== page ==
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Alur Culture

Alur people are an ethnic group in Uganda who live mainly in the Ugandan districts of Nebbi, Arua, and Zombo districts in northwestern Uganda though they also live in the northeastern D.R.Congo, north of Albert Lake. The Alur people of northern Uganda are part of the larger original Luo group and their language is also closely related to Acholi. Some of the Alur people speak Lendu language. The Alur Chiefdoms are probably the only ones that were not affected by the Ugandan ban on traditional monarchies in 1966 by the Ugandan government then. In D.R.Congo, Alur people are up to date organized in different chiefdoms and these include: Angal, Juganda, Alur, Jukoth, Junam, Mukambu and in Angal, their current Chief is called Ubimo Djalore Serge II who took over from his late father the late Kamanda who died in 1998.

Their tradition states it that the Alur people of northern Uganda migrated from southern Sudan with other Luo who followed the river Nile banks to Uganda.

The original home of the Luo people is said to have been Rumbek along the confluence of the Nile with Bahr-el- Ghazel Rivers.

The Luo people moved south to the Ugandan side along the Nile River in Pubungu where they dispersed as some of them moved to Bunyoro region, Acholi whereas others moved to the eastern parts of Uganda and others moved on  to the Nyanza province in Kenya, while the Alur people moved westwards to the West Nile.

Historians today claim that the Alur are not purely Luo and that they are products of intermarriages between the Luo, Lendu and Okebu. However since the Alur people maintained the Luo speech and Luo customs they are grouped that way.

The Alur legends of origin say that once there lived a great King known as His Majesty Atira. He was said to have been a direct decent of God and when he died, the son Otira had to succeed him. Otira is also said to have been succeeded by Opobo. He ruled from a place called Nyraka in the Lango County. Opobo also died and he left three sons that is; Gipiri, Tiful and Labongo.

Gipiri one day borrowed Labongo’s spear with an intention to spear an Elephant; unfortunately, the elephant ran away with the spear in its belly. When the news Labongo’s ear, he was so annoyed and insisted on having back his spear despite Gipiri’s pledge to offer him a substitute. Gipiri decided to follow the elephant to get the spear but found the elephant had crossed a big river, he also found himself in a cool and beautiful land. As he was wandering in this land, Gipiri encountered an old woman who is said to have taken him to a place where among other spears, gipiri was able to recognize Labongo’s spear. The old woman gave Gipiri a bead and when he arrived home, he called all of his brothers and presented to them the spear. Everyone in the village was amazed at Gipiri’s story especially with the bead. This bead was handed over for everyone to have a chance and take a look at it, in the process; a young son of Labongo accidentally swallowed it.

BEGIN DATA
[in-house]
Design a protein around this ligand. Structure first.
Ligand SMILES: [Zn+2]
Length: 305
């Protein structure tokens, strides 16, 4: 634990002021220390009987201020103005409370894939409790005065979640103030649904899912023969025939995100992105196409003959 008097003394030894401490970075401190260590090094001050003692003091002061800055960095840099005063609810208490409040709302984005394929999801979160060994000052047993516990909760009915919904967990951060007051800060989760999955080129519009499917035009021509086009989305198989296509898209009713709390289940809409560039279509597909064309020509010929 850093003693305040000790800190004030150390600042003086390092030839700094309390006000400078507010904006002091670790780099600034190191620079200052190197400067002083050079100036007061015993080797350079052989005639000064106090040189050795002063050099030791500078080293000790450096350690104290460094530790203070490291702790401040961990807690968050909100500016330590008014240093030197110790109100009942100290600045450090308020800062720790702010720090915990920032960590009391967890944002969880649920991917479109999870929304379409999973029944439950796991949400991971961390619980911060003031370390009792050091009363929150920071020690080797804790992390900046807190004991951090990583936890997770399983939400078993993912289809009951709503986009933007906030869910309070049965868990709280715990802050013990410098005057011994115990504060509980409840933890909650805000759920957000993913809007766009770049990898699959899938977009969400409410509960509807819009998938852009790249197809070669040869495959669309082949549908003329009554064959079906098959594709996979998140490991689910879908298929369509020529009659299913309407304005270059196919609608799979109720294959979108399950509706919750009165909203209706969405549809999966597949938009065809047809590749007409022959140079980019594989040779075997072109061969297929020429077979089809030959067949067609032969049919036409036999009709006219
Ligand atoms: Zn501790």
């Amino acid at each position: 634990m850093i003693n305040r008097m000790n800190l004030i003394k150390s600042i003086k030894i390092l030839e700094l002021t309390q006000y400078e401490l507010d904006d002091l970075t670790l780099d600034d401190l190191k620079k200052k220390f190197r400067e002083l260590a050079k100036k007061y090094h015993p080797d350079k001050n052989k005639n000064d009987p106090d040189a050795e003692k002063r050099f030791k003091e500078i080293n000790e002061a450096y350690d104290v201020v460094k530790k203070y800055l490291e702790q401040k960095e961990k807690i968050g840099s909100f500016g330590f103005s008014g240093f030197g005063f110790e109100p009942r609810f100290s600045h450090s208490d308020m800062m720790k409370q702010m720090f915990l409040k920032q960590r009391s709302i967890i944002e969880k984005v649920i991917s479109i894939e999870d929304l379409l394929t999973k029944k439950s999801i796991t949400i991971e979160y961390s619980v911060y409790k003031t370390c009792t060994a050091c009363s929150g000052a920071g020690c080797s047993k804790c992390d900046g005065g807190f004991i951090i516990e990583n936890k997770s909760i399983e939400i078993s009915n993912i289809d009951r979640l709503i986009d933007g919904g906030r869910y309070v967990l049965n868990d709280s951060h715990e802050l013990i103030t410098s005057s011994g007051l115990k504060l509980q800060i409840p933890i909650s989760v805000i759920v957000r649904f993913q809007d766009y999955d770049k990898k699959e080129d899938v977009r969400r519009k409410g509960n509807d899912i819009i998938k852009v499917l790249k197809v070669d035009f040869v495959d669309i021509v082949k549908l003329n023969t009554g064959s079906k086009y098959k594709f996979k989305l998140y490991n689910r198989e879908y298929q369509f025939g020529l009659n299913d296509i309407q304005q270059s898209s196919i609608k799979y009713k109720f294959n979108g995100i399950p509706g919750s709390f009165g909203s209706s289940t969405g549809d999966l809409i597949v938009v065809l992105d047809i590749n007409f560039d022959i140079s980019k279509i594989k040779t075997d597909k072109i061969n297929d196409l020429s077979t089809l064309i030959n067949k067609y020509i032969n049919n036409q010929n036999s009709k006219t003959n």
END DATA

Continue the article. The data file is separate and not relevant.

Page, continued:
Gipiri got to revenge as he also demanded that his bead should be given back. Gipiri refused all the substitutes, left with no alternative Labongo handed over his son to gipiri to open and retrieve his bead. Gipiri killed the son of Labongo and got out the bead. The act is said to have annoyed the two brothers so much that they had to separate.

Tiful having been impressed by Gipiri’s story of a good place beyond the river, he moved with his people including the Lendu and the Okebu to the highlands in the west. The descendants of Tiful are said to also cover the Alur of Zaire. Gipiri followed Tiful as they traveled along the bank of the Victoria Nile in the west and camped with his followers in Pakwach. This Land was not good for grazing their cattle and there being no salt licks the cattle began to graze away from this land.

One day some cows which had disappeared were said to have come back by their own as they had salt licks on their hooves. Gipiri gathered together all his people and they followed the tracks of cows into the highlands of West Nile. Gipiri left behind one of his sons called Dosha to rule Pakwach. Gipiri then established himself in the west Nile highlands.


Alur had religious marriage which was shown in the Mukeli gagi rituals and ceremonies. The ceremony took the following steps:-

A married woman was afflicted by ancestral spirits of her own people and in such events; the husband would get cowrie shells and take them to the home of the girl. The shells would be tied to a pole of her father’s ancestral shrine and the husband would pledge to pay two goats that is; male and female in order to rescue the cowrie shells because the shells were not supposed to remain at his father in-law’s home.

When the husband was already imitated into a religious cult, he would go to rescue the shells by him though if he wasn’t yet initiated, he wouldn’t be allowed to leave because a lot was involved which he as a non-initiate was not supposed to know about. However if he was willing to be initiated there, he could go and in fact most husbands loved this alternative mainly because at the end this ritual, the woman would cease to be the wife of this man if  it happened that he was not yet confirmed as a believer.

Sexual relationships with the former husband would end if he was not a confirmed believer and if the initial husband hesitated to get initiated, the woman would ritually get married to another husband who was already confirmed. The ritual husband would consider her to be his own wife and go ahead and have children with her.

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